This road contains many of the best of Welch and Lander houses dating from 1936, although some are sadly very altered.  No 1 the Ridings (5 ON MAP) was one of the first modern movement houses built on the estate.  It is the largest house with the largest plot and is more like a country house with a service yard and originally had a tennis court and orchard.  The nautical sunroom gives a modern touch to be otherwise classical treatment. The house was intact, with all its original fixtures and fittings (including fitted furniture), until 1985.  Unfortunately attempts to list it failed.

 

 

 

 

 

 

 

 

 

 

 

 

 

 

 

 

 

 

 

 

 

 

 

 

 

The windows were changed in around 1990, fortunately in a style, which is sympathetic with the original house unlike many others on the estate.  The estate itself was declared a conservation area in 1996 with an Article 4 Direction (limiting changes to front elevations) in force since 1997.
Walking up Dallas Road and down Chatsworth Road to Hanger Lane, you pass a number of modern movement houses, including 99 HANGER LANE (RADICALLY CHANGED) (6 ON MAP)

 

 

 

 

 

 

 

 

 

 

 

 

 

 

 

 

 

 

 

 

 

 

 

 

 

 

 

CHURCH OF THE ASCENSION, BEAUFORT ROAD (Seely and Paget, 1939) (7 ON MAP)
This is a small Church, seating three hundred and fifty people.  It has Italianate eaves at the Western end.  Other windows and roof shapes are of classical style-- the curved brick of the chancel wall suggests a comparison with Park Royal station.  The shadowy nave leads into a brilliantly lit chancel looking on to the alter steps and simple rood beam.  Alan Durst carved the wooden figures in 1946 as a war memorial.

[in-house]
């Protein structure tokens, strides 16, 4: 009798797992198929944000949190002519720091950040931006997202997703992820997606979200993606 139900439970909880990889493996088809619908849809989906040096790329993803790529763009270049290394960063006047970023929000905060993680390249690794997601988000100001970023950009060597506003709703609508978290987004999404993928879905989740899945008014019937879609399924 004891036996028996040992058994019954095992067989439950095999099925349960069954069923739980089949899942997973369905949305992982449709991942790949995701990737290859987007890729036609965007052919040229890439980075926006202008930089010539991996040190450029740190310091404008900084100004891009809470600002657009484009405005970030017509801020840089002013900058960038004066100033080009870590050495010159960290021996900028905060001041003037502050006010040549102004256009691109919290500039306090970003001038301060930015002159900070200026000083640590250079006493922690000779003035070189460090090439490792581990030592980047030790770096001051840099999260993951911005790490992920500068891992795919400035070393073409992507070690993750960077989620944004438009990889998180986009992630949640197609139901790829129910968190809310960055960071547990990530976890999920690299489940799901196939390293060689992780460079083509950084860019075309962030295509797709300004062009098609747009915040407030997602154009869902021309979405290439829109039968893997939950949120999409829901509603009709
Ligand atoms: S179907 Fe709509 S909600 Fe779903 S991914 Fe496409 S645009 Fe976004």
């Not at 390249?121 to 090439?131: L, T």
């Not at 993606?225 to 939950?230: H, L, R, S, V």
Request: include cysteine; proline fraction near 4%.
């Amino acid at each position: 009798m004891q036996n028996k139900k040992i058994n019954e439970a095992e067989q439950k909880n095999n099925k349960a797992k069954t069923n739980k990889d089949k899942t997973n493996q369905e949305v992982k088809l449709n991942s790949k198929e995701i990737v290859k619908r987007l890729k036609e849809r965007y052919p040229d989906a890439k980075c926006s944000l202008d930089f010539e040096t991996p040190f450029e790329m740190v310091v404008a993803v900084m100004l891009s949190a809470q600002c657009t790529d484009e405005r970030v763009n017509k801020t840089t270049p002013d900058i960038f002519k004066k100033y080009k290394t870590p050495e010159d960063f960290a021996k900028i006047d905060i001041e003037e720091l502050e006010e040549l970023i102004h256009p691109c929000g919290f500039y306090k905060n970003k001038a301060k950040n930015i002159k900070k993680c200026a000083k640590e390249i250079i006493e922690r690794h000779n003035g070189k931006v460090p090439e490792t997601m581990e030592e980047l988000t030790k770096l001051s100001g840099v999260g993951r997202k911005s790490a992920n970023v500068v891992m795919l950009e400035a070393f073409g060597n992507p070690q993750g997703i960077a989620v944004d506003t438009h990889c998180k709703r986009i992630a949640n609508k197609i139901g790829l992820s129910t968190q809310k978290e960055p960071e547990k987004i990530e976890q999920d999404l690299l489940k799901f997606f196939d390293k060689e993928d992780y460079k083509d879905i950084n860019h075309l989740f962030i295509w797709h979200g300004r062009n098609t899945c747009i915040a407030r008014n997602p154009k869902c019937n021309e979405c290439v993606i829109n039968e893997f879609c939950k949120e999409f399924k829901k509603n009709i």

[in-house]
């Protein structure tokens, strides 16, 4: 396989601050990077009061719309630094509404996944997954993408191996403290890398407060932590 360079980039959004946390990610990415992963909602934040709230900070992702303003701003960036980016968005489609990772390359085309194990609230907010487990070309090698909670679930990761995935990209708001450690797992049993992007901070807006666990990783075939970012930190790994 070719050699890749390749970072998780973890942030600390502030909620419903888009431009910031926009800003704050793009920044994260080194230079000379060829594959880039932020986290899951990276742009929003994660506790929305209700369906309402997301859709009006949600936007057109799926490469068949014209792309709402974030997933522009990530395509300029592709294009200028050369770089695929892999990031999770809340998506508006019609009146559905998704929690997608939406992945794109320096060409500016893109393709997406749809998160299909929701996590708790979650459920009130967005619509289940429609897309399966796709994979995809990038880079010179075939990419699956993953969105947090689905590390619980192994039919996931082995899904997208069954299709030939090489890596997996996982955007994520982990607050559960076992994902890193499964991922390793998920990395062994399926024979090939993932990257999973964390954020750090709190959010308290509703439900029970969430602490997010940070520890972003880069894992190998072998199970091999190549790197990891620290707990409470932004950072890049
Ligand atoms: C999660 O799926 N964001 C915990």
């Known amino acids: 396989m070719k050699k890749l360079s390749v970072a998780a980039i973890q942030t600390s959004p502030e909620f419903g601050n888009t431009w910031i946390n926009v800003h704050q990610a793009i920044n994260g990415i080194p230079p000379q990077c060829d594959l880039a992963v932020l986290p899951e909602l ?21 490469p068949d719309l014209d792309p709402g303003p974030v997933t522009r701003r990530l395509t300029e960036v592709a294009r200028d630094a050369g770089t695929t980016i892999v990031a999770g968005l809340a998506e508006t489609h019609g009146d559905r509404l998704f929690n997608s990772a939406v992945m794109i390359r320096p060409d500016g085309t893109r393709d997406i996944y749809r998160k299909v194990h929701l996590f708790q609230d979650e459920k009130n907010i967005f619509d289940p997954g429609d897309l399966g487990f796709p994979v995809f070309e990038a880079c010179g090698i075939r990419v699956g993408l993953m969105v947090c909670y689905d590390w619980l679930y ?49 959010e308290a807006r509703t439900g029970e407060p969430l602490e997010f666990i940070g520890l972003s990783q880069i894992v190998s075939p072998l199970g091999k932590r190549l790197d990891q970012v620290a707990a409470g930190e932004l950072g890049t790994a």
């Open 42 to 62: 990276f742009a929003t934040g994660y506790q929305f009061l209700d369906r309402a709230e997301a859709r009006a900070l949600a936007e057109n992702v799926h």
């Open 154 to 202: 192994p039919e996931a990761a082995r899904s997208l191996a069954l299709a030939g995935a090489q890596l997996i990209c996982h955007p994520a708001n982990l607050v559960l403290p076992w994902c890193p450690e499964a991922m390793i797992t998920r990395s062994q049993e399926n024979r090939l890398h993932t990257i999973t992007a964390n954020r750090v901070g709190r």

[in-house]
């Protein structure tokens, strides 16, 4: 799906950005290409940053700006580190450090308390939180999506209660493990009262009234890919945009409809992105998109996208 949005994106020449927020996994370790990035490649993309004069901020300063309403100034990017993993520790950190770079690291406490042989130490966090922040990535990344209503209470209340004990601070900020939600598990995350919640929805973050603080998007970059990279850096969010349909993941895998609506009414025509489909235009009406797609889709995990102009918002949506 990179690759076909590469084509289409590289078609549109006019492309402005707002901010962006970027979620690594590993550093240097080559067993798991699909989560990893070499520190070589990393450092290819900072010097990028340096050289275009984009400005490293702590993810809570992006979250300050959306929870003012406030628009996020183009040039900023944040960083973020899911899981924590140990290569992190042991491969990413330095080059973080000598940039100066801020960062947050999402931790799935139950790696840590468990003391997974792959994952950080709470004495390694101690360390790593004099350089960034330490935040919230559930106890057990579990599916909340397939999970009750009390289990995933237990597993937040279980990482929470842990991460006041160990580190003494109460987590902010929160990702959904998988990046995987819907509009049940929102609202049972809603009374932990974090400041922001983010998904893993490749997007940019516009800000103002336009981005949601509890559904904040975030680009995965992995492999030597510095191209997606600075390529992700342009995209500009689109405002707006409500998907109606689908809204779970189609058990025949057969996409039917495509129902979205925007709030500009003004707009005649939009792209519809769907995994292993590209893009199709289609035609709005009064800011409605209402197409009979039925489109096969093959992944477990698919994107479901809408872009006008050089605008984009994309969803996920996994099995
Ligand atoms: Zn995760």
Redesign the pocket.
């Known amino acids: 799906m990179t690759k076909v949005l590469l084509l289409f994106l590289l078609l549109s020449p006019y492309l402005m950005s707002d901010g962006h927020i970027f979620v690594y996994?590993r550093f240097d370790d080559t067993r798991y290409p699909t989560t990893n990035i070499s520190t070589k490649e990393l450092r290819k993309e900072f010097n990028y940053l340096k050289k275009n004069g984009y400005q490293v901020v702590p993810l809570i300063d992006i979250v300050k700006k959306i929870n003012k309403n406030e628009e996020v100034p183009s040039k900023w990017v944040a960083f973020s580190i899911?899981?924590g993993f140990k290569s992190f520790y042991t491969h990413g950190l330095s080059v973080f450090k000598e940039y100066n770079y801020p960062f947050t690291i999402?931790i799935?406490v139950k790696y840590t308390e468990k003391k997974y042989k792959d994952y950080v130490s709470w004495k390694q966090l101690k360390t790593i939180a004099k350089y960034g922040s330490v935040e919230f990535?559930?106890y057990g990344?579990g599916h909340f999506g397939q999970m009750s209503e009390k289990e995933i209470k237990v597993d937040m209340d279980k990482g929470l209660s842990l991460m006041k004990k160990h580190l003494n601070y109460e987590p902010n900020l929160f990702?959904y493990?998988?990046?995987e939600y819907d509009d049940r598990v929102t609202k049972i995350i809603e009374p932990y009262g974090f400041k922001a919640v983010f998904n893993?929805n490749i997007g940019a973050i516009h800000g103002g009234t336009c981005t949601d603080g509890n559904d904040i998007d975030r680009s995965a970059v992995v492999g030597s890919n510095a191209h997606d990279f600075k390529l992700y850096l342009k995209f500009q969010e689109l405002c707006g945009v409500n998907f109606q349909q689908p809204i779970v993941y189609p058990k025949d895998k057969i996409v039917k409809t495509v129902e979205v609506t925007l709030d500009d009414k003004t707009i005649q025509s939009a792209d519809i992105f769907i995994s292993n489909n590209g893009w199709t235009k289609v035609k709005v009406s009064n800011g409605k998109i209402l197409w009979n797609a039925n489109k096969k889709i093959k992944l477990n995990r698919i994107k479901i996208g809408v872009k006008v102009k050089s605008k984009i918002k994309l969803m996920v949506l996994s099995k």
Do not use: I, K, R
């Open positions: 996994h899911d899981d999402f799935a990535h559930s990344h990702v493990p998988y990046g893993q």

The chancel joinery is particularly fine, with two-tone wood rather reminiscent of late Lutyens.  There is also an early Compton electronic organ dating from 1947, which is still in working order.  John Compton lived nearby on the estate.

Seely and Paget were well known for the remodelling of Eltham Palace for the Courtaulds in the 1930s.  The Courtaulds have an Ealing connection because they financed the construction and running of Ealing Studios for many years.  Unfortunately, the architects managed to design in several faults into the building, including leaking flat roofs and exposed parapet walls.

ROBERT GURD*

1996 Revised 2005
*These notes draw on material from a variety of sources, including the 20TH Century Society, Norman Pointing and others whose contributions are gratefully acknowledged.